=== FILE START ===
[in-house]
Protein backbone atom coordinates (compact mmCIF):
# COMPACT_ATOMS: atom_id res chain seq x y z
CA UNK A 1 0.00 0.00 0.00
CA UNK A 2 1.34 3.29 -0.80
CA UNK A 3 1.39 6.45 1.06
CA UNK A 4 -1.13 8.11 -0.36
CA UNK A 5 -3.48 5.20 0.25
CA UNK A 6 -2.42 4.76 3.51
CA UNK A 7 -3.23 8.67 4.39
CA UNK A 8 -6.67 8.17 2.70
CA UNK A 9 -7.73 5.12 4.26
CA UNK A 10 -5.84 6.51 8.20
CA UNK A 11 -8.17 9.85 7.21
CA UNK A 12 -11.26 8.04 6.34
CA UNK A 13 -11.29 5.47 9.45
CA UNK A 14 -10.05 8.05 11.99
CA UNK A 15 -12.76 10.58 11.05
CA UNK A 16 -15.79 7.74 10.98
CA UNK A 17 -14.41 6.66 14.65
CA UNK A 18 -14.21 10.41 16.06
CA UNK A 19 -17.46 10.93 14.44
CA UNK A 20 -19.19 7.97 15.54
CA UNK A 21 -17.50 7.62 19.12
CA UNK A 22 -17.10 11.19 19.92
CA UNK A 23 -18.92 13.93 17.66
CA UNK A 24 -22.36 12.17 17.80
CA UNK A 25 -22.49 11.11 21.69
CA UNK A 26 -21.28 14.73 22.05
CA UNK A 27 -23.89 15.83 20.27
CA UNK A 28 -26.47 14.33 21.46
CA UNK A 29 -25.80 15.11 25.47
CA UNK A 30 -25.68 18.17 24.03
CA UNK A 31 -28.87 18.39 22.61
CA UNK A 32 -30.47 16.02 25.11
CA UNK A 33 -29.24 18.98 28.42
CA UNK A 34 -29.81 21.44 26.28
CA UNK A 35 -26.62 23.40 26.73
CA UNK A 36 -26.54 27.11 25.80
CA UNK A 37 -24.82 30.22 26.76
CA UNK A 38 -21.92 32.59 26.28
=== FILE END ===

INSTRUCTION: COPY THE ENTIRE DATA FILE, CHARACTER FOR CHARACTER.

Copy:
[in-house]
Protein backbone atom coordinates (compact mmCIF):
# COMPACT_ATOMS: atom_id res chain seq x y z
CA UNK A 1 0.00 0.00 0.00
CA UNK A 2 1.34 3.29 -0.80
CA UNK A 3 1.39 6.45 1.06
CA UNK A 4 -1.13 8.11 -0.36
CA UNK A 5 -3.48 5.20 0.25
CA UNK A 6 -2.42 4.76 3.51
CA UNK A 7 -3.23 8.67 4.39
CA UNK A 8 -6.67 8.17 2.70
CA UNK A 9 -7.73 5.12 4.26
CA UNK A 10 -5.84 6.51 8.20
CA UNK A 11 -8.17 9.85 7.21
CA UNK A 12 -11.26 8.04 6.34
CA UNK A 13 -11.29 5.47 9.45
CA UNK A 14 -10.05 8.05 11.99
CA UNK A 15 -12.76 10.58 11.05
CA UNK A 16 -15.79 7.74 10.98
CA UNK A 17 -14.41 6.66 14.65
CA UNK A 18 -14.21 10.41 16.06
CA UNK A 19 -17.46 10.93 14.44
CA UNK A 20 -19.19 7.97 15.54
CA UNK A 21 -17.50 7.62 19.12
CA UNK A 22 -17.10 11.19 19.92
CA UNK A 23 -18.92 13.93 17.66
CA UNK A 24 -22.36 12.17 17.80
CA UNK A 25 -22.49 11.11 21.69
CA UNK A 26 -21.28 14.73 22.05
CA UNK A 27 -23.89 15.83 20.27
CA UNK A 28 -26.47 14.33 21.46
CA UNK A 29 -25.80 15.11 25.47
CA UNK A 30 -25.68 18.17 24.03
CA UNK A 31 -28.87 18.39 22.61
CA UNK A 32 -30.47 16.02 25.11
CA UNK A 33 -29.24 18.98 28.42
CA UNK A 34 -29.81 21.44 26.28
CA UNK A 35 -26.62 23.40 26.73
CA UNK A 36 -26.54 27.11 25.80
CA UNK A 37 -24.82 30.22 26.76
CA UNK A 38 -21.92 32.59 26.28